After the great colonial powers relinquished their overseas possessions, one of the symbols of sovereignty was having an international airline. Africa, Asia, and South America sprouted new carriers, which proudly flew new flags but usually served the same European food that was standard around the world. Take a look at this Ghana Airways menu, which is probably from the early 1970’s: The new airlines had to deal with two facts: first, few of their own people could afford to fly, so they had to please European and American palates to have any hope of attracting customers. Second, for people who are used to spicy and flavorful food bland meals are dull but edible, while people used to bland food will reject spicy and unfamiliar items. Serving English or French -style meals was a safe choice, so even between points in Africa and Asia the food served usually did not reflect local tastes.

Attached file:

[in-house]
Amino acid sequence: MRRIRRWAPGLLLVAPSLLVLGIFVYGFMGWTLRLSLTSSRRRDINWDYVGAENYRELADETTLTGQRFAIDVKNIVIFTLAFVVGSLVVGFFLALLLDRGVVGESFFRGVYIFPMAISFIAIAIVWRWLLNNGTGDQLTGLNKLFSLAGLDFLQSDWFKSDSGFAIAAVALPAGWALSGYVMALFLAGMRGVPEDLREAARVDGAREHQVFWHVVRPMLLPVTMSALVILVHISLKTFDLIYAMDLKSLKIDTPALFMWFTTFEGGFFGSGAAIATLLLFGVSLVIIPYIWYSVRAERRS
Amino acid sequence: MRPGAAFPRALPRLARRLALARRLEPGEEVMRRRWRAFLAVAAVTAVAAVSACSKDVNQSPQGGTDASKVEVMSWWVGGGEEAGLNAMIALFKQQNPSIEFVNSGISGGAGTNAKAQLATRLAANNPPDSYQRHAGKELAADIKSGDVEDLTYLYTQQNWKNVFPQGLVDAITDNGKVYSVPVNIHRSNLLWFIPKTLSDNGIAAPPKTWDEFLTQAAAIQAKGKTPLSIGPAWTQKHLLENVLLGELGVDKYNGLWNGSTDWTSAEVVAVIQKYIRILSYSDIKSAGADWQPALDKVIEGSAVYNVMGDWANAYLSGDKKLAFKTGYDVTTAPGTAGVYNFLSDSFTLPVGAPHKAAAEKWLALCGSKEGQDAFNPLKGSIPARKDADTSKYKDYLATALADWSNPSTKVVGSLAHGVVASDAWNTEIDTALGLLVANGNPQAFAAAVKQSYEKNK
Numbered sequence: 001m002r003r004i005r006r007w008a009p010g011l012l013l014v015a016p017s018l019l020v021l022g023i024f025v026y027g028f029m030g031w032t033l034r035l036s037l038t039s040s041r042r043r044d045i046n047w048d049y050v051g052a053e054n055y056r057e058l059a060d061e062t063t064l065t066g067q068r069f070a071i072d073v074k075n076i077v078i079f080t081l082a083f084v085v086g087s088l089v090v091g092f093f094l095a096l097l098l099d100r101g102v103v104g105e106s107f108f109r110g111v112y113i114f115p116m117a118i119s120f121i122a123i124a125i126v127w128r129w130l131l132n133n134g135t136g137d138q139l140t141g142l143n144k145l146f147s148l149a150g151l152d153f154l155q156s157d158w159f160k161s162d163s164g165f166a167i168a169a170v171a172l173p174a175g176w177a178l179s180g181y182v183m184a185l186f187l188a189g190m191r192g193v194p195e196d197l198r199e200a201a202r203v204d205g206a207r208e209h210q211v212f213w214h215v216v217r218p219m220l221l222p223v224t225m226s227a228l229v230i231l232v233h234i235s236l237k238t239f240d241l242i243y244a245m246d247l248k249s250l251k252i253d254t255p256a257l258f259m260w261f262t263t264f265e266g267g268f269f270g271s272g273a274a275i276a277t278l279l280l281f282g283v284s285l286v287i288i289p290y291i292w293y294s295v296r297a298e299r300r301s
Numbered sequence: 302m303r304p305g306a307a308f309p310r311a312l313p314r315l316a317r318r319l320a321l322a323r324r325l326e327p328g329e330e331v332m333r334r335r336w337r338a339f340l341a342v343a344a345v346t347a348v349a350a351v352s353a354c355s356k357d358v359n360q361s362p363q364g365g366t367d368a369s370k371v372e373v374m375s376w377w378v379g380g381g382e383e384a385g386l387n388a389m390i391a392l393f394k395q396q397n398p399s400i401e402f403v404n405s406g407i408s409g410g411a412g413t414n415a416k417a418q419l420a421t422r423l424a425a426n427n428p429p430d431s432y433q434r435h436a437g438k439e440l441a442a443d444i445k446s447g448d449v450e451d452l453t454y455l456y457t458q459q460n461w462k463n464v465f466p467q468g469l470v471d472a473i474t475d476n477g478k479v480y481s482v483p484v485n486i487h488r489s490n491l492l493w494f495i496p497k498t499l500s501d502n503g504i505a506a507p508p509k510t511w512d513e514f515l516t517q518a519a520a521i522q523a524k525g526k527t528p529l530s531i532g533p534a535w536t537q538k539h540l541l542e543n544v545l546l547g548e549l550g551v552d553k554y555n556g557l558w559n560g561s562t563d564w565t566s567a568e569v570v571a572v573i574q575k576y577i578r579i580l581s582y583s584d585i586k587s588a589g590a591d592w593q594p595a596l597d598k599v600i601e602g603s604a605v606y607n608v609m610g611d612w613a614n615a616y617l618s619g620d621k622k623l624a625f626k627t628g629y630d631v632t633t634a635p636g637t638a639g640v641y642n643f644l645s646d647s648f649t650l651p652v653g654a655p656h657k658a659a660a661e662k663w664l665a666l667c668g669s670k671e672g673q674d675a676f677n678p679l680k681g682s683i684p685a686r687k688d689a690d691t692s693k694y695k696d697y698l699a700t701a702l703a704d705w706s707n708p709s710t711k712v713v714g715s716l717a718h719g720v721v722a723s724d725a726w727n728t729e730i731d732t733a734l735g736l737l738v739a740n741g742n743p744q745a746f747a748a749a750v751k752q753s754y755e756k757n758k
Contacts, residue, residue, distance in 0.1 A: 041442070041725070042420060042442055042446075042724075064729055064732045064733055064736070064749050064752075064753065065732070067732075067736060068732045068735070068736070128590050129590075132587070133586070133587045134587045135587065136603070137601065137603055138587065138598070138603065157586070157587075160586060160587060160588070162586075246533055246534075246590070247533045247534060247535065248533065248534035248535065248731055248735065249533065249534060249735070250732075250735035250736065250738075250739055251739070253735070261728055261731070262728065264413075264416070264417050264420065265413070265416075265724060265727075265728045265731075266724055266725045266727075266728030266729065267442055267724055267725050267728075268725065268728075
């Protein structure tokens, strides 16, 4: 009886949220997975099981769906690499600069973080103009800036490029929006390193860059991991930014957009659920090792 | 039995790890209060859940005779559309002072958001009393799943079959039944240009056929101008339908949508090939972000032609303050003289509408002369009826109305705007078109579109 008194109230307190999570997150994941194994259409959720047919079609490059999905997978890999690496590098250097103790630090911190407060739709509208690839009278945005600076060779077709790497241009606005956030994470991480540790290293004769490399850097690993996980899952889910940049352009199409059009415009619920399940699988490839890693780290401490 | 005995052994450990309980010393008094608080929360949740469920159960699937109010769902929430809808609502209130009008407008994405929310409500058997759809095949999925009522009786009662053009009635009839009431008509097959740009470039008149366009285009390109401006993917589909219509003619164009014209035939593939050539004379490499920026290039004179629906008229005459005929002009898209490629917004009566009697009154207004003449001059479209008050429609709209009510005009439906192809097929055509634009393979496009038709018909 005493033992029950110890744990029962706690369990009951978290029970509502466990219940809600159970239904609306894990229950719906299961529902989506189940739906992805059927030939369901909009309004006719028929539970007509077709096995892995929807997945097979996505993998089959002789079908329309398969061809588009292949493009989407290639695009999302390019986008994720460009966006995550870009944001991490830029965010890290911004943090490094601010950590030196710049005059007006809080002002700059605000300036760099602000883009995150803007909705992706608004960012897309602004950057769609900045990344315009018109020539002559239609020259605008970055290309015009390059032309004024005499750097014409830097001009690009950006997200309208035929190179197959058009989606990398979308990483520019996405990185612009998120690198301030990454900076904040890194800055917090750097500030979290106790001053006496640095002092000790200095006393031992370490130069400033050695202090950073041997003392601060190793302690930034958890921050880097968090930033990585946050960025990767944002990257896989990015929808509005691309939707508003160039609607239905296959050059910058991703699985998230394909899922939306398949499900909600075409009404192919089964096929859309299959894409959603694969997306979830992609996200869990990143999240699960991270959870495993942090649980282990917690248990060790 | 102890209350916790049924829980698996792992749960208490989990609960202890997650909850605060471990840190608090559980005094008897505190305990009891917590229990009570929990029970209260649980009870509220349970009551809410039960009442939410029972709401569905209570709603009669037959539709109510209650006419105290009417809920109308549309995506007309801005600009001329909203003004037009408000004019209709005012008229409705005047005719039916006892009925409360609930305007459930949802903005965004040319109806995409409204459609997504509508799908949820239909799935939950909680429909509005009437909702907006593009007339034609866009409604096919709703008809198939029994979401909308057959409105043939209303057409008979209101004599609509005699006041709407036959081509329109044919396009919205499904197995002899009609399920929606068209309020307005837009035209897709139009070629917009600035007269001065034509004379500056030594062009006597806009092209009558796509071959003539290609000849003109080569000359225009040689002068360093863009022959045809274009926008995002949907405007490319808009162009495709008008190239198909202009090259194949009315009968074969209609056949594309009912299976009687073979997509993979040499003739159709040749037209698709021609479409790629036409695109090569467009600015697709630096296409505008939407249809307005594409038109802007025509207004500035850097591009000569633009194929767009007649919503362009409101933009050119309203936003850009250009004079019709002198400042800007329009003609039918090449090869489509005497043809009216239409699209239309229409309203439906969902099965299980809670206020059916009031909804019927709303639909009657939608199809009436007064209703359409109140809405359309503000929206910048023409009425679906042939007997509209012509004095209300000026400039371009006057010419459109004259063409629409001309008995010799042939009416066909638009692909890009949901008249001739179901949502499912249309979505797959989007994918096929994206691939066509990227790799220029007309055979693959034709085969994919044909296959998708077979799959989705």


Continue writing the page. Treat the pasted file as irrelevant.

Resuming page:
The reports I have read of food aboard most of these carriers were not positive, though service problems may not be entirely to blame for the demise of Ghana Airways. The airline ran off schedule so often and overbooked their flights so regularly that having a ticket and showing up at the airport at the appointed time was no guarantee that you would actually go anywhere. Like many other new airlines they were an instrument of state policy and flew some routes to serve political purposes – in three months of operation between Accra and Khartoum, they flew twelve paying passengers. Other routes that were actually popular were underserved; while those empty planes flew back and forth to Sudan, flights to Europe and America routinely were so overloaded that fistfights erupted over who would get to board the aircraft. There were multiple instances of passengers taking airport personnel hostage, threatening to burn down ticket offices and terminals, and rioting because they had been stranded at remote airports. The only surprise when Ghana Airways went bankrupt in 2005 was that it had taken so long. The routes that made economic sense were taken up by less nationalistic but more reliable foreign carriers, and a new generation of private airlines provides a wider range of cuisine aboard flights that actually depart and arrive on something approximating a schedule.